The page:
Our canoeing experience over, we returned to the lodge for an evening of socialising with the group culminating in a hilarious game of Cards Against Humanity. Then it was off to bed ready for an early start to get back on the road to Denali in the morning.

The next morning, after a delicious pancake breakfast at the lodge, it was back on the long, bumpy road. We made a few more stops at scenic spots to view the surrounding scenery of the Alaskan Range along the way and had reached Denali by lunch!

Alaska: Wrangell-St. Elias National Park and McCarthy

Spotting a bald eagle just outside of Valdez

After an exhausting but amazing day kayaking out to an iceberg field in Valdez, it was back on the van today to set off for our next stop on our Alaskan Highlights tour of Alaska, the historic town of McCarthy from where we’d be exploring the largest US National Park, Wrangell-St Elias.

The long, straight road ahead!

After a quick breakfast stop in Valdez, we began our long drive, stopping just outside of Valdez after spotting a bald eagle in the trees on the roadside and then again at an overlook for Lowe River.

Roadside stop on the way to McCarthy
Casper the Friendly Ghost mural in Chitina

We made more frequent stops at various viewpoints to stretch our legs along the way including one at Liberty Falls State Recreation Area to see the waterfall.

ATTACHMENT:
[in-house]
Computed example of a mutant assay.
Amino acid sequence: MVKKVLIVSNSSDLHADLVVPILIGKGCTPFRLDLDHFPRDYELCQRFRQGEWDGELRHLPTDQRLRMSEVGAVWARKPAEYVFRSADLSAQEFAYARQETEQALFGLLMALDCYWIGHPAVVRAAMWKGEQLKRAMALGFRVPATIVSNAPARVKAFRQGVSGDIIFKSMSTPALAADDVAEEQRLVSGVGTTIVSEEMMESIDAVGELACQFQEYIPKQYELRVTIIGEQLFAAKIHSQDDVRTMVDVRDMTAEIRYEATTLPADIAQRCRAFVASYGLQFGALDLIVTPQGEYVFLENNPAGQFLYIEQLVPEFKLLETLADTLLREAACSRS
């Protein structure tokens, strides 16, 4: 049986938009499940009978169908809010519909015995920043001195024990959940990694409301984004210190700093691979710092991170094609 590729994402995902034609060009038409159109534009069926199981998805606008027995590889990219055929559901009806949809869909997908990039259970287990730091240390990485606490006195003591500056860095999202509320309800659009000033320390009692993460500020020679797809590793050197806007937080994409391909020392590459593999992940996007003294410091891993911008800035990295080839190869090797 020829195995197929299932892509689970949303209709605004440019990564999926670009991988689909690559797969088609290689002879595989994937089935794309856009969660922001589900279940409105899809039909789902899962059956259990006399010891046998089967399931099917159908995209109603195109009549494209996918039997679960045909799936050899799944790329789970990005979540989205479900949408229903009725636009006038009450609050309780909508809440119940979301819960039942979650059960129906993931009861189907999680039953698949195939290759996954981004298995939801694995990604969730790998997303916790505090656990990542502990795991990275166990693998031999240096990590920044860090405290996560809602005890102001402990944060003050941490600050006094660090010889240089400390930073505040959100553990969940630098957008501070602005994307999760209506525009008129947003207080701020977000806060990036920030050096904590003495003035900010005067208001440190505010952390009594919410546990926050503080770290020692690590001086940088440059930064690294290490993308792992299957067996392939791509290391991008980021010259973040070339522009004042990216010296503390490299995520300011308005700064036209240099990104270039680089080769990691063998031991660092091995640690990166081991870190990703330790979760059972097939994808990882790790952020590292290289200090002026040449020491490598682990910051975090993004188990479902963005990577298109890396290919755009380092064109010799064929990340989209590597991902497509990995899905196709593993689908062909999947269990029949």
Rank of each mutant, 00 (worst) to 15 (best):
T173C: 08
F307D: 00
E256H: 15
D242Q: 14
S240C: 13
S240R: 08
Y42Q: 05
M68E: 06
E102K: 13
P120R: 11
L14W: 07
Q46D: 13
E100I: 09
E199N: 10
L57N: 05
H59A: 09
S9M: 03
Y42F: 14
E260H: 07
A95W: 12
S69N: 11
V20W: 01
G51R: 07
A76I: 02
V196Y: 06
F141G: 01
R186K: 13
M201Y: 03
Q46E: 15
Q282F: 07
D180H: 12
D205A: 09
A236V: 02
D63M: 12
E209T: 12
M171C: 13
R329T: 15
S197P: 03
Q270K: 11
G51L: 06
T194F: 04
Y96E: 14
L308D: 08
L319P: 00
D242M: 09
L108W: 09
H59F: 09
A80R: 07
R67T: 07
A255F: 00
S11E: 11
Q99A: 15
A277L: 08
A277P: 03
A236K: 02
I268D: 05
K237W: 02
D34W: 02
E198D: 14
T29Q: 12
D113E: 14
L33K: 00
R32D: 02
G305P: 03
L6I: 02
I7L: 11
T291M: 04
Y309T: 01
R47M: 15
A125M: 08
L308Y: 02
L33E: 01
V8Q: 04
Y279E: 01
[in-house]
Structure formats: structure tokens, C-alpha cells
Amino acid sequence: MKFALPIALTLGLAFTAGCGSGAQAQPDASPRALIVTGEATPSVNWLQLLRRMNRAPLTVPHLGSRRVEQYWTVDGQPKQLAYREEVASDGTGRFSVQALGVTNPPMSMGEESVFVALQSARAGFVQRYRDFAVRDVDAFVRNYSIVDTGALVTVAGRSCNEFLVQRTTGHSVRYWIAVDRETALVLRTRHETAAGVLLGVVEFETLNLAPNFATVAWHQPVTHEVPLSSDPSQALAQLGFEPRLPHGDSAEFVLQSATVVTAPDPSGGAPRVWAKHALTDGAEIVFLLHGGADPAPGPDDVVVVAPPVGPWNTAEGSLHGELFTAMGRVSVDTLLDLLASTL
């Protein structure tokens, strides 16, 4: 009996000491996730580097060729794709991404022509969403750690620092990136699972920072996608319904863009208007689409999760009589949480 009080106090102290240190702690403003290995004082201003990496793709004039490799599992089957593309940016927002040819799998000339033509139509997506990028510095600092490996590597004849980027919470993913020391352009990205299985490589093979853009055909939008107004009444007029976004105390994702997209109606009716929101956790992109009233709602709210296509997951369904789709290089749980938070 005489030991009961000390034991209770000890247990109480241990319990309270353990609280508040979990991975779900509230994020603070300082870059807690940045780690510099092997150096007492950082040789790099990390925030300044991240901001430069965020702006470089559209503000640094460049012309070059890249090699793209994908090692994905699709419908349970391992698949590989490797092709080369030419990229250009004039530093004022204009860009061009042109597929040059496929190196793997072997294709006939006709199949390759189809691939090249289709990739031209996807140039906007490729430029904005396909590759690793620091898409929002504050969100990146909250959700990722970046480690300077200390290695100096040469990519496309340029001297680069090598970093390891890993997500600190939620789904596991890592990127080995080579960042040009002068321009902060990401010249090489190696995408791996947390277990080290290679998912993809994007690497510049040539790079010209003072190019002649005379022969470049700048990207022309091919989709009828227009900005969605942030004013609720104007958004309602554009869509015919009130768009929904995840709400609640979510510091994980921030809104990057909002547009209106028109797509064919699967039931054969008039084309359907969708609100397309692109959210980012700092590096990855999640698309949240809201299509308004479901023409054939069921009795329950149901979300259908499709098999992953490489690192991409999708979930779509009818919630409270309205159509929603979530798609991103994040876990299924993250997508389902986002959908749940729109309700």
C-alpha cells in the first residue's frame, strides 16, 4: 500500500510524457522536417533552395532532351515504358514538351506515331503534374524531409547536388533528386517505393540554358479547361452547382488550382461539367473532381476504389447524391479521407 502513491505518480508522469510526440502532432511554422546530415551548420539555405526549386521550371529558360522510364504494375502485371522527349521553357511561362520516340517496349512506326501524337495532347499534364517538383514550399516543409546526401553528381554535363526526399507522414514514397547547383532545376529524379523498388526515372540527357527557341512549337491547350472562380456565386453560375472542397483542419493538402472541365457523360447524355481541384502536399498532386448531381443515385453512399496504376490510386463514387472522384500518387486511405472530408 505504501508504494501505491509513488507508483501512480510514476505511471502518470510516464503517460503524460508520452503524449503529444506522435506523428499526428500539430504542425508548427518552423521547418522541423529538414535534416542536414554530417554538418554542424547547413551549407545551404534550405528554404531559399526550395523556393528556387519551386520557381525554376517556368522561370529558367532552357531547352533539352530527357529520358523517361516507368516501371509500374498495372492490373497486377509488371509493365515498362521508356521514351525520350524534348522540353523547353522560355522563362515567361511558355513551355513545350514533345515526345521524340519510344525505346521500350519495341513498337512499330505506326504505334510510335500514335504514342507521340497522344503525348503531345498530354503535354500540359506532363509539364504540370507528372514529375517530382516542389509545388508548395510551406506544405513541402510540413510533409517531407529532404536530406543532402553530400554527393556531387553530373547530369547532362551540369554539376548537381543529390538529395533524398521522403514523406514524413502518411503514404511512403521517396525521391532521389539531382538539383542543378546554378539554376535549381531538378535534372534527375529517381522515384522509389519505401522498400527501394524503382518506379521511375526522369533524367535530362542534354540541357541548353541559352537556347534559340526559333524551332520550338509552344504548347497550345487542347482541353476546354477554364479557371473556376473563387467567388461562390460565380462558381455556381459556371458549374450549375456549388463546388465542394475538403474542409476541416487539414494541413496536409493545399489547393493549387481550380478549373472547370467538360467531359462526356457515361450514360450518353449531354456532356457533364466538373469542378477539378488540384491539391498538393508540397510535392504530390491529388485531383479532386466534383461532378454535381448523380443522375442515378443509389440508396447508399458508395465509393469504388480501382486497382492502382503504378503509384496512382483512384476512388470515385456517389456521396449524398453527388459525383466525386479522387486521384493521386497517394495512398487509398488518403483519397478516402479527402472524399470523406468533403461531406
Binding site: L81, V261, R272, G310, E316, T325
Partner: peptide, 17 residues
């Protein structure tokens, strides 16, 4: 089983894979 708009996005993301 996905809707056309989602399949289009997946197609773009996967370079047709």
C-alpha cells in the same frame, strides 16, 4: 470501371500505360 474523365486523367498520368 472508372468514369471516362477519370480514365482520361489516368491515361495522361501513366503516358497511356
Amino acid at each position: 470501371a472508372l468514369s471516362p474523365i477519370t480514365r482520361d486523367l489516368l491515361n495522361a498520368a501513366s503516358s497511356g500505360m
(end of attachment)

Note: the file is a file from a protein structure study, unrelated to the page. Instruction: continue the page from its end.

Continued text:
Another delicious dessert
No traffic on the road bridge!

Our lunch stop today was in the small town of Chitina. As we’d once again made our own lunch up to keep costs down, we again bought a dessert to share at the cafe the group were eating at!

The road to McCarthy was long and bumpy and following yesterday’s exhausting full day’s kayaking excursion, after lunch, I did something I rarely do and fell asleep in the van!

I woke up just before our final stop before McCarthy at an overlook for the Copper River. We stopped at a long road bridge crossing the river from which there pretty views of the chalky river flowing through the canyon below. The road was so quiet, we sat on the bridge posing for photos – something we’d rarely be able to do on road bridges in the UK!

Our McCarthy guesthouse

Once we reached the vicinity of McCarthy, we stopped and parked up near an old railroad bridge. We were told to retrieve our luggage from the trailer and to take it over the river bridge and once on the other side, we would be met by vans belonging to the guesthouse we were staying in who would take us the rest of the way into town as larger vehicles such as our tour van are not advised to drive the last stretch of the road.